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EnglishEdit

NounEdit

accubitum (plural accubita)

  1. A bench or sofa for reclining at a table.
    • 1967, Georges Pillement, Unknown Portugal:
      This may have been an accubitum with magical qualities of procreation for sterile husbands who slept on this stone.
    • 1974, Chrēstos G. Patrinelēs, ‎Agapē Karakatsanē, & ‎Maria Theocharē, Stavronikita Monastery: History, Icons, Embroideries, page 197:
      Seated on the accubitum used at the Last Supper, the disciples are undoing their sandals in preparation for the Washing of the Feet.
    • 2011, Paul J. Griffiths, Song of Songs, →ISBN, page 48:
      For the Song, all these are also places for sexual love: the beloved has recalled her embraces of the "king" on the "couch", and elsewhere in scripture the same word is used for something on which lovemaking may occur (most dramatically, it is on an accubitum that Haman plans to rape Esther in Esth. 7:8); and "Solomon's bed" is mentioned in the context of preparations for his marriage.
    • 2016, Gaetano Curzi, “The Two Triclinia of Pope Leo III as “Icons of Power””, in IKON, volume 9:
      In early medieval Rome the Liber pontificalis designates in different ways the place where banquets were held, such as the Basilica Vigilii, where the Emperor Constans II (641-668), when visiting the Lateran, could wash and eat, while accubita (dining sofas) were placed by Leo III into an elegant domus near the Basilica of San Pietro.
  2. A round dining table.
    • 1988, Athanasios D. Kominēs, Patmos: Treasures of the Monastery, page 197:
      The circular attic is roofed with a dome, and inside it the oval table - the accubitum - is set, and the disciples around it are untying their shoes.
    • 2011, Margaret Dunlop Gibson, The Commentaries of Isho'dad of Merv, Bishop of Hadatha, →ISBN:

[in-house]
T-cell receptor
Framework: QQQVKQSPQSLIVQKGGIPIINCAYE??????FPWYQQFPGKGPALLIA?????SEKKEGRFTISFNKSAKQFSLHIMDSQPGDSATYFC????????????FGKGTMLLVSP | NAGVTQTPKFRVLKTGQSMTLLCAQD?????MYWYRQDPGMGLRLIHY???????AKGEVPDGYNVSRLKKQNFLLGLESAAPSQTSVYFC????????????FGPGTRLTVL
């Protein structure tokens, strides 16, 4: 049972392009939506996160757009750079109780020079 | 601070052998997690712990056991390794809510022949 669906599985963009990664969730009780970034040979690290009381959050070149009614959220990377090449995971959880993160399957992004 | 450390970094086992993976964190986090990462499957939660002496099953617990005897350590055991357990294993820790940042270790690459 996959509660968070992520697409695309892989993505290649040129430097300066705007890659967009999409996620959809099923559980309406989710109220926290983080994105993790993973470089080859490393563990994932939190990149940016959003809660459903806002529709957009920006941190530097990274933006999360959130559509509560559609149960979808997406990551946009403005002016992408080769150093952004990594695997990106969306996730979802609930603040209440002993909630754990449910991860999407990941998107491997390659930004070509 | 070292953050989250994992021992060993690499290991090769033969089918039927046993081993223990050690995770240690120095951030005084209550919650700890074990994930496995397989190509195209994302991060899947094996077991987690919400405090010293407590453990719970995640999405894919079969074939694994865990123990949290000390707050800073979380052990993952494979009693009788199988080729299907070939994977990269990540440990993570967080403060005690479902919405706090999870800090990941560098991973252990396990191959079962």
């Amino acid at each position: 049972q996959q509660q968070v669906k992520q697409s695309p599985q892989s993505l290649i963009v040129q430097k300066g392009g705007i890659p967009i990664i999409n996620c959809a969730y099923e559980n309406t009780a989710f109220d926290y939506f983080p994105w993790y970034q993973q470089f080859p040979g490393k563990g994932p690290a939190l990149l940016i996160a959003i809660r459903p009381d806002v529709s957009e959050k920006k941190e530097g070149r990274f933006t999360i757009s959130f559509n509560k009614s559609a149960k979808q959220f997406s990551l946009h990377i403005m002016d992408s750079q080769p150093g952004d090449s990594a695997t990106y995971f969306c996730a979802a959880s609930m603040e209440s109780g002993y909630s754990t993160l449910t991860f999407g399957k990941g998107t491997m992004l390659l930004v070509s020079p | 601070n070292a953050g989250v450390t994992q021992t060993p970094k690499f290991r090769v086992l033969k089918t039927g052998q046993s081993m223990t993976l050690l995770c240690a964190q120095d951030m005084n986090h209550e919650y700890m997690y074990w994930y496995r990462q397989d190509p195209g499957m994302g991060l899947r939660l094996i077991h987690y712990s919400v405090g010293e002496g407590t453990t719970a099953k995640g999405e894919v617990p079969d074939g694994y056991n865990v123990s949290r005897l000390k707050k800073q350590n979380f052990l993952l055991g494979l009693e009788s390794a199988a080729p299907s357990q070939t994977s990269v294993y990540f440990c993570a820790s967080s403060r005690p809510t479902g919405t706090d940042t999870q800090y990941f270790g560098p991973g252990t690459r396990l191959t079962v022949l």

This is the interpretation of He is in the bosom of His Father ; for the order led to this ; for they were reclining round an accubitum, that is to say, a circular table ; and the first at the table was our Lord ; but after Him and on His right Simeon; and [it was] of necessity in a round form like a circle.
  3. A dining hall or refectory.
    • 1949, Princeton University Studies in Papyrology - Volume 6, page 200:
      Half share of dining room on second story, fourth of open air apartment above the accubitum with half of porch, pylon, terrace, passage way and bake shop.
    • 1991, Paul Arthur, “Naples: a case of urban survival in the early Middle Ages?”, in Mélanges de l'Ecole française de Rome. Moyen-Age, volume 103, number 2:
      The data seems to be consistent with other sources. Around the mid fifth century, for example, we may read of the construction of baths by Bishop Nostrianus and that of a refectory (accubitum), at the episcopal palace, by Bishop Vincent.
    • 2000, Maureen Catherine Miller, The Bishop's Palace: Architecture and Authority in Medieval Italy, →ISBN:
      The Gesta episcoporum neapolitanorum tells us that Bishop Vincentius of Naples (554-578) "built the baptistery of the minor font within the episcopium and the accubitum next to it decorated with great care." Remains of this "accubitum" or dining hall were discovered during nineteenth-century excavations in the sacristy of the Neapolitan cathedral.

LatinEdit

NounEdit

accubitum m

  1. accusative singular of accubitus

ReferencesEdit